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Prostate Cancer

Prostate Cancer

Rates of prostate cancer vary widely across the world. It is least common in South and East Asia, more common in Europe, though the rates vary widely between countries, and most common in the United States. According to the American Cancer Society, prostate cancer is least common among Asian men and most common among black men with figures for European men in between.

However, these high rates may be affected by increasing rates of detection. Although prostate cancer can sometimes strike younger men, the risk of getting it increases with age and more than seventy percent of men diagnosed with the disease are over the age of sixty five.

Prostate cancer can occur in men only; the prostate is exculsively of the male reproductive tract.  Prostate cancer is a disease in which cancer develops in the prostate of the male reproductive system, this happens when cells in the prostate begin to grow out of control and can then invade nearby tissues or spread throughout the body. Large collections of this out of control tissue are called tumors. The tumor usually grows slowly and remains confined to the gland for many years.

During this time, the tumor produces little or no symptoms or outward signs (abnormalities on physical examination). As the cancer advances, however, it can spread beyond the prostate into the surrounding tissues (local spread). Moreover, the cancer also can metastasize (spread even farther) throughout other areas of the body, such as the bones, lungs, and liver. Symptoms and signs, therefore, are more often associated with advanced prostate cancer. Prostate cancer may cause pain, difficulty in urinating, erectile dysfunction and other symptoms.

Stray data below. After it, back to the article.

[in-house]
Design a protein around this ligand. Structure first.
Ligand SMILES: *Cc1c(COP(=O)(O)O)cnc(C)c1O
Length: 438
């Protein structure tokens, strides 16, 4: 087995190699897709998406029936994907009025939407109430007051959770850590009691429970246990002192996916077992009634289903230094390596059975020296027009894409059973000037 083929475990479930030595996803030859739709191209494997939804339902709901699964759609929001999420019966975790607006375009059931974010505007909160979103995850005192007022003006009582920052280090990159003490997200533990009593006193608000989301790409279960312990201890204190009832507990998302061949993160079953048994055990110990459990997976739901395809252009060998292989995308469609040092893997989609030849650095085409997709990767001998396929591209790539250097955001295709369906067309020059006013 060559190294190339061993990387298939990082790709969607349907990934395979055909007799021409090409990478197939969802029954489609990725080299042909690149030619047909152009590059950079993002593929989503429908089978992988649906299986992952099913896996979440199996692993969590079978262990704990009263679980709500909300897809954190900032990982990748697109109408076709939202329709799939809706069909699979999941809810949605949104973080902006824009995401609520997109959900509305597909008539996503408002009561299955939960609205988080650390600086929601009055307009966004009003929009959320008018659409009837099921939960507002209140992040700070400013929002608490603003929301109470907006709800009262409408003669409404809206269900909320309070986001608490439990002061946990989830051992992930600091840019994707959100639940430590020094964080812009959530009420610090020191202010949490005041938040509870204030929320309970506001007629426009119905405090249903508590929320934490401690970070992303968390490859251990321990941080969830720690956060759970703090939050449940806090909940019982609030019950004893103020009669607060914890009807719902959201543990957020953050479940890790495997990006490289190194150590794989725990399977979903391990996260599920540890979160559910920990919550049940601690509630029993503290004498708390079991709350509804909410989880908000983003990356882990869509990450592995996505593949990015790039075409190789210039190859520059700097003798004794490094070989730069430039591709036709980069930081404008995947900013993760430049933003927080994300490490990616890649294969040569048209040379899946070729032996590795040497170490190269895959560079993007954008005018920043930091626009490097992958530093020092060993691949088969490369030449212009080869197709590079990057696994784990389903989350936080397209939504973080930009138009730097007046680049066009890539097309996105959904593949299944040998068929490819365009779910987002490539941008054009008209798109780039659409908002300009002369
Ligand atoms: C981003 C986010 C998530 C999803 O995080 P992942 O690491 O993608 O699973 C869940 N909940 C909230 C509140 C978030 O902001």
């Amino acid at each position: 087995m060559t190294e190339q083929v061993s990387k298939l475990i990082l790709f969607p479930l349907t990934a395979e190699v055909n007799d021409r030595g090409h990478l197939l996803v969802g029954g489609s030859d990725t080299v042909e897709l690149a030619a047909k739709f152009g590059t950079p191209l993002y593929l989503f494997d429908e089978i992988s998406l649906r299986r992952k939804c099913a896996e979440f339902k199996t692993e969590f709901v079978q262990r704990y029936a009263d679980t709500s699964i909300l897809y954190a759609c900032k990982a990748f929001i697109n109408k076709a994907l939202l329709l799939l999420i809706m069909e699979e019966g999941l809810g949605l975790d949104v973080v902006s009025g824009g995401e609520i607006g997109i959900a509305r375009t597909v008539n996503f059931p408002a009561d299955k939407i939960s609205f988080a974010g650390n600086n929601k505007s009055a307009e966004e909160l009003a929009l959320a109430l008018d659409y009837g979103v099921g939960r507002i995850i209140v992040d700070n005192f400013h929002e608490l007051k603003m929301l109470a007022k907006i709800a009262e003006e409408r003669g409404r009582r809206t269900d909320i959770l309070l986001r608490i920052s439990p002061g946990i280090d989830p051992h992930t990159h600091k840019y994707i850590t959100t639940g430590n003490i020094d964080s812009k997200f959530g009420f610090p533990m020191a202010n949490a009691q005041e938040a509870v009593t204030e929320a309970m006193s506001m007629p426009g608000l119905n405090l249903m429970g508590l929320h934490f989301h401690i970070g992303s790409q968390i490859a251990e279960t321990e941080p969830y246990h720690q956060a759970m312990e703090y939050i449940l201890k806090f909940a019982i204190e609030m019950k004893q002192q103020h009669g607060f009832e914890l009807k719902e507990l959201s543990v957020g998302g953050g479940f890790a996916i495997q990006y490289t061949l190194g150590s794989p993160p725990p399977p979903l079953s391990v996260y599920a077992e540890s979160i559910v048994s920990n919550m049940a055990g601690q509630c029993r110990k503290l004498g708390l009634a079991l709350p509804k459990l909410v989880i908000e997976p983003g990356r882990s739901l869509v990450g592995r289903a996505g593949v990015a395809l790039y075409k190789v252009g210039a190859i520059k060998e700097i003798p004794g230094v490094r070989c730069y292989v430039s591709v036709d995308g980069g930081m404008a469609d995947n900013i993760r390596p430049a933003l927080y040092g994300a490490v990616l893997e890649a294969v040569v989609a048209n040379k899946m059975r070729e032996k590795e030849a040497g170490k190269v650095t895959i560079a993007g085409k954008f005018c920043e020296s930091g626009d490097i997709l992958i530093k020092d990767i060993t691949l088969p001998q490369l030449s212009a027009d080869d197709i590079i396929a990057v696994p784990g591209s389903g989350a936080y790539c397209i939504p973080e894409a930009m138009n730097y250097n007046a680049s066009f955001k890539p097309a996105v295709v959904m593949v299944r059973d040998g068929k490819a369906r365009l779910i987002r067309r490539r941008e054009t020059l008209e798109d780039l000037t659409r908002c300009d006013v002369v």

The cause of prostate cancer has not been identified but the cancer is thought to be related to benign prostatic hypertrophy (BHP). The risk factors of prostate cancer include advancing age, heredity, hormonal influences, and such enviromental toxins, chemicals, and industrial products.  The best way to try and prevent prostate cancer is to modify the risk factors for the disease that you have control over.

You may want to try to eat a low fat diet that is rich in fruits and vegetables. Certain foods, vitamins and minerals have been suggested to decrease your chances of getting prostate cancer, however doctors are still studying more data before any particular food or supplement can be endorsed for preventing the disease. Currently, there are studies looking at selenium, lycopen, vitamin A and other retinoids, vitamin D, vitamin E, and soy for prostate cancer prevention.

Since prostate cancer is a disease of older men, many will die of other causes before the disease can spread or cause symptoms.  Deciding on treatment can be daunting not only because there are far better options for treatment today that they were ten years ago but also because not enough relaiable data are available on which to base the decisions. Prostate cancer can be treated with surgery, radiation therapy, hormone therapy, occasionally chemotherapy, or some combination of these.

Most men who have the risk factors do not get the disease, on the other hand men who do get the disease often have no known risk factors, except for growing older.  If you think that you may be at risk, you should consult your doctor immediately so that you may be given suggestions on ways of reducing your risk and can plan scheduled check-ups.